A nationwide ban on many flavored e-cigarette products took effect today. The ban covers a number of kid-friendly flavorings, such as mint and fruit, though menthol and tobacco flavorings will remain legal. However, the ban only applies to specific types of devices: cartridge or pre-filled pod devices, like the ones made popular by Juul. All other devices will be left on the market.
Plans for restricting e-cigarette flavors on a federal level first came up in September, when key national data on teen vaping was released. It was revealed that from 2017 to 2019, rates of vaping had more than doubled among 8th, 10th and 12th grade students. That report coincided with the peak of a public health crisis: mysterious, severe lung diseases linked to vaping. As of Jan. 21 (the latest data available), the Centers for Disease Control and Prevention reports that there have been 2,711 cases of people who've been hospitalized with EVALI, or e-cigarette, or vaping, product use-associated lung injury. All 50 states, plus Washington, D.C., have reported EVALI cases. Sixty people, including one from Kansas, have died. Many others were left with lasting lung damage.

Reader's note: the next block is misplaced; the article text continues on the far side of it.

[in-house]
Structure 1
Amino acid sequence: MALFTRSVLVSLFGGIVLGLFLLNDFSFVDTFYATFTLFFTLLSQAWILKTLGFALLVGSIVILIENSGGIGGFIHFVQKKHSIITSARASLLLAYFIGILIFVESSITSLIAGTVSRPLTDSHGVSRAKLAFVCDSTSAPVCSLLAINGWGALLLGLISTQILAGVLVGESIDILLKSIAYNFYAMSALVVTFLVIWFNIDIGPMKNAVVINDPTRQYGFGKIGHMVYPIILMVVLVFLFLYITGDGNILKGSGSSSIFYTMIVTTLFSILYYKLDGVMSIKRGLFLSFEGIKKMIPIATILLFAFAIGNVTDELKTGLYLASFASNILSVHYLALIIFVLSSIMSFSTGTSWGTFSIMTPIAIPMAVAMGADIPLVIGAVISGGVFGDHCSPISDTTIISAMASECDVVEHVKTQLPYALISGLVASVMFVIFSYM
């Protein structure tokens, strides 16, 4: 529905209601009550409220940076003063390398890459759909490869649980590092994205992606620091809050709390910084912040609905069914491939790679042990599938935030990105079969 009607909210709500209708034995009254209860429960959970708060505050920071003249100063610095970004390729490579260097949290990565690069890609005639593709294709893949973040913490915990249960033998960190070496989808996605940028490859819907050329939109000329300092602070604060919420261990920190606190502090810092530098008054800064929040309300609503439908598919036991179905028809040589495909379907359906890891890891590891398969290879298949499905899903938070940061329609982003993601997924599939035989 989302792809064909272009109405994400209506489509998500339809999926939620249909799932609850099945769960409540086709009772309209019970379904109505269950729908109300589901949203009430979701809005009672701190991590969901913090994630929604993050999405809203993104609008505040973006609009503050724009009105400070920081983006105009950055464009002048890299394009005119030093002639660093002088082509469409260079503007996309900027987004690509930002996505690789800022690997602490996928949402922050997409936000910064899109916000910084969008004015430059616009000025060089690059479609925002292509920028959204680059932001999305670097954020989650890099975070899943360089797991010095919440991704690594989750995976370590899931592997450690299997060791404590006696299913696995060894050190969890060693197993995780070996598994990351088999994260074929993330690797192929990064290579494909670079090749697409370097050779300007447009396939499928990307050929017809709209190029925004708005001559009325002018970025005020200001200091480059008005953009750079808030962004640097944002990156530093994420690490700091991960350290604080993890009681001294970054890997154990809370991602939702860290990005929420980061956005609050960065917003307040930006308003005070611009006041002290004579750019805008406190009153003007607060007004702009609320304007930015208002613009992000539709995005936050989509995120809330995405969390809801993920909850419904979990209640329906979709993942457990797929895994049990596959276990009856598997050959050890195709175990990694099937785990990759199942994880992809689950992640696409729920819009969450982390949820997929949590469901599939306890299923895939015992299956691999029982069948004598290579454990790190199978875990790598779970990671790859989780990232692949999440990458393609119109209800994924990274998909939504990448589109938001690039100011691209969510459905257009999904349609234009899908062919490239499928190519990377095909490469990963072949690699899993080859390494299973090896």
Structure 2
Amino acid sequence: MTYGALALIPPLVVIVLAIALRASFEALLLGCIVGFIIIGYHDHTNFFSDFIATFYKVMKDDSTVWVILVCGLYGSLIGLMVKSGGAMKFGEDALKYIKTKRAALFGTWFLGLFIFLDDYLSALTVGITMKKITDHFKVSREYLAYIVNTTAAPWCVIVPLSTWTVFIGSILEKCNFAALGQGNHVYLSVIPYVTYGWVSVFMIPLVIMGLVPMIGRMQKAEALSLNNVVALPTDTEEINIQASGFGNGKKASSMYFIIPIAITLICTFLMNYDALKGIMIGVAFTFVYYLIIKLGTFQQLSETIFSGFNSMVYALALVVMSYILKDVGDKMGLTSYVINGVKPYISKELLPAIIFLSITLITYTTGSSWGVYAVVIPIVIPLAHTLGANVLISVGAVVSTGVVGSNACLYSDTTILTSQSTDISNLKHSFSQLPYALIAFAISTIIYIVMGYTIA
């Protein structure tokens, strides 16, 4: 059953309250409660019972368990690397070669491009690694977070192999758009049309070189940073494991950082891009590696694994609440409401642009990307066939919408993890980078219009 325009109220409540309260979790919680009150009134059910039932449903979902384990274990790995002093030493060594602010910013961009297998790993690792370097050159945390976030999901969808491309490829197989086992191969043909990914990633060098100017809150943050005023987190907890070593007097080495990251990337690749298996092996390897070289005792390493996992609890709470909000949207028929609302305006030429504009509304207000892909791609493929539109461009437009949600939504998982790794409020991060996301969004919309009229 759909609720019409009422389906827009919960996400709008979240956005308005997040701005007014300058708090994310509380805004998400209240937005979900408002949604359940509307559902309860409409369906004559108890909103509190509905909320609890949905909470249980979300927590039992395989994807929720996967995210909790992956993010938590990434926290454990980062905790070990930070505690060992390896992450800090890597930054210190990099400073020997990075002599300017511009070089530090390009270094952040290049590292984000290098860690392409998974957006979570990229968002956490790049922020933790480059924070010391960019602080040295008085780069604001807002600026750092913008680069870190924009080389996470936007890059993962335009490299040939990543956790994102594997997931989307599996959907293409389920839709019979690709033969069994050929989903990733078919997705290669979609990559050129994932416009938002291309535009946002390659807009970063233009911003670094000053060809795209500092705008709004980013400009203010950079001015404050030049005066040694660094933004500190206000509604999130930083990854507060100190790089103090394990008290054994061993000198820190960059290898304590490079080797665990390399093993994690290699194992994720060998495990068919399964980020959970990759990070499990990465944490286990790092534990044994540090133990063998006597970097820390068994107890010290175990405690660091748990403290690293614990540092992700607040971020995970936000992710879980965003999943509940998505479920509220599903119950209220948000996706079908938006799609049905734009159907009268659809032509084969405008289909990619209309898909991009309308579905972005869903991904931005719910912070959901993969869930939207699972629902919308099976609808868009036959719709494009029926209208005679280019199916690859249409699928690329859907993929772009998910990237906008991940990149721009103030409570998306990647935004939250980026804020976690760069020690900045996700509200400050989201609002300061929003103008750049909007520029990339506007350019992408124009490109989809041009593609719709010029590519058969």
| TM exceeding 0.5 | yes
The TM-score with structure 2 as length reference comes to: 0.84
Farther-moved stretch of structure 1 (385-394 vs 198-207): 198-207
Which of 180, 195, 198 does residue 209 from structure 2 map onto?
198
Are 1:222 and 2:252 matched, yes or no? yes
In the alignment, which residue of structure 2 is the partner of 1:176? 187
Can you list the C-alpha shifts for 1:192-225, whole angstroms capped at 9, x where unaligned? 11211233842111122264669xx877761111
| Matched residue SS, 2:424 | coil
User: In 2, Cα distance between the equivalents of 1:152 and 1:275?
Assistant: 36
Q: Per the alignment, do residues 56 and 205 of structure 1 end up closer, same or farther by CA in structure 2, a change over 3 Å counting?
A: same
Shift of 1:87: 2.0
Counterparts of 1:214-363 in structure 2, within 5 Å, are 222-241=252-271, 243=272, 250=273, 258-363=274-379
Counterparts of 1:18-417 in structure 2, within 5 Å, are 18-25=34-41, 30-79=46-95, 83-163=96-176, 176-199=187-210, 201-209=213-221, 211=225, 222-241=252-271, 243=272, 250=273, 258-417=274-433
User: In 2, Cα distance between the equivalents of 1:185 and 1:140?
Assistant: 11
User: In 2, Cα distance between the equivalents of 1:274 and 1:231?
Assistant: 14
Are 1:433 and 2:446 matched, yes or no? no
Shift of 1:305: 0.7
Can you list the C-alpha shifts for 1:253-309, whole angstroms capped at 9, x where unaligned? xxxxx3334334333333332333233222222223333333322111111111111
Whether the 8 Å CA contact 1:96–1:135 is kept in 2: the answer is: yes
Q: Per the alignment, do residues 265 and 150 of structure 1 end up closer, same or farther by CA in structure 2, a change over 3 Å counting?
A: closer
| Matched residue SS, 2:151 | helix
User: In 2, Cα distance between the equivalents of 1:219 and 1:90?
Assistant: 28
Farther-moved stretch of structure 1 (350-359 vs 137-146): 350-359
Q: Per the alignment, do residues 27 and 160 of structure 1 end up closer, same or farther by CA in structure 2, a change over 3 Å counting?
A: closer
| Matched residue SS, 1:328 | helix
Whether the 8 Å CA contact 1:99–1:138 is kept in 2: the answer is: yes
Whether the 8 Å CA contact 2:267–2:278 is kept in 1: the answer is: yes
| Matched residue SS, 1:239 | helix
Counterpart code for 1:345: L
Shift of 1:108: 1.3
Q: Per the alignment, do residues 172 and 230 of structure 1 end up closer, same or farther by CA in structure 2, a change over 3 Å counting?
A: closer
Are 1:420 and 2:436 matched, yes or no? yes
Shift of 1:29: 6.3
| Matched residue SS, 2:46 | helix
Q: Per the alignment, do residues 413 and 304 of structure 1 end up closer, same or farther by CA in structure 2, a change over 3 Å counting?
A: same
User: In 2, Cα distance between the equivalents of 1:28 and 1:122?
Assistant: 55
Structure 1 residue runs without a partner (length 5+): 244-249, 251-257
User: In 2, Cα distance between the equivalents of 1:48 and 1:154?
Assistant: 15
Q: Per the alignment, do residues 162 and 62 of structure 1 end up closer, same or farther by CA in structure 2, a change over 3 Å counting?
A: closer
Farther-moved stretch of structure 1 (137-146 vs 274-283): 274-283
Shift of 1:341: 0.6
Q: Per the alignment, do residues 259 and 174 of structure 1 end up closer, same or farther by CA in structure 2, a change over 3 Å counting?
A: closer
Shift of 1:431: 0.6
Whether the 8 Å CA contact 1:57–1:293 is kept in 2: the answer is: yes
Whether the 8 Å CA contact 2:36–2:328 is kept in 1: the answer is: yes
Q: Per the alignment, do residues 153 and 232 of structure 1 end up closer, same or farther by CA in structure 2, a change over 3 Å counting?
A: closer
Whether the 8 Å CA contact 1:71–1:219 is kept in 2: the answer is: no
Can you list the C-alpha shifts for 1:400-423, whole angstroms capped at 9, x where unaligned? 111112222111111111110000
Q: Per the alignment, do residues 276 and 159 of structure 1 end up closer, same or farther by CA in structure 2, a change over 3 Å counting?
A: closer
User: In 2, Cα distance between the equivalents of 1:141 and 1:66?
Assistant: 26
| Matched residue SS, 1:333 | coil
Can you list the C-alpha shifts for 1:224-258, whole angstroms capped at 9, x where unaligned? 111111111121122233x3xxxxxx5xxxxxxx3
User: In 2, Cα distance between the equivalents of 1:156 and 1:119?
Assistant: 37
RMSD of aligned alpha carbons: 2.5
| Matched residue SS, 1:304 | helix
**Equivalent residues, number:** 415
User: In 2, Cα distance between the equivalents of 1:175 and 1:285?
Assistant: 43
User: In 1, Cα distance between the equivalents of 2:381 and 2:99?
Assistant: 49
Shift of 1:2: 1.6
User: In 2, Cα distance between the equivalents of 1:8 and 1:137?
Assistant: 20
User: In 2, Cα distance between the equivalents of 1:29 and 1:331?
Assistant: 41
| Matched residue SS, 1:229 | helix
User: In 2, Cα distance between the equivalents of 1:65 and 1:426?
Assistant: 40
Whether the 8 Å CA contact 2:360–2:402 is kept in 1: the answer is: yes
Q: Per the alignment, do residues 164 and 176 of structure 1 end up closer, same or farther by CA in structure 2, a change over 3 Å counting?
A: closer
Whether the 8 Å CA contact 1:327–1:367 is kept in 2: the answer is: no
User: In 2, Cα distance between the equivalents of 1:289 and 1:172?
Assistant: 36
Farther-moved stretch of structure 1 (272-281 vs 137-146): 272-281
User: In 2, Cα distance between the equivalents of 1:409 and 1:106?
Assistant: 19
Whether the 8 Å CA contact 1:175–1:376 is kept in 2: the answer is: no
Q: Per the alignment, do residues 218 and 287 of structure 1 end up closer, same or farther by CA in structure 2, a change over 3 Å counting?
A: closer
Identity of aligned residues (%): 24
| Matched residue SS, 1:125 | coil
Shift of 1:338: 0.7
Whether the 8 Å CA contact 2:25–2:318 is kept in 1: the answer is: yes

In the video, Dr. Stephen Thornton, toxicologist, emergency room physician and medical director of the Poison Control Center at The University of Kansas Health System, answers several key questions about e-cigarettes. What is vaping, and what is it that’s being inhaled in the devices? Why are they so popular among teens? What are the risks? Can vaping help someone quit smoking regular tobacco, and can it actually create new smokers? He talks about what the latest research on vaping and most importantly, what parents need to know.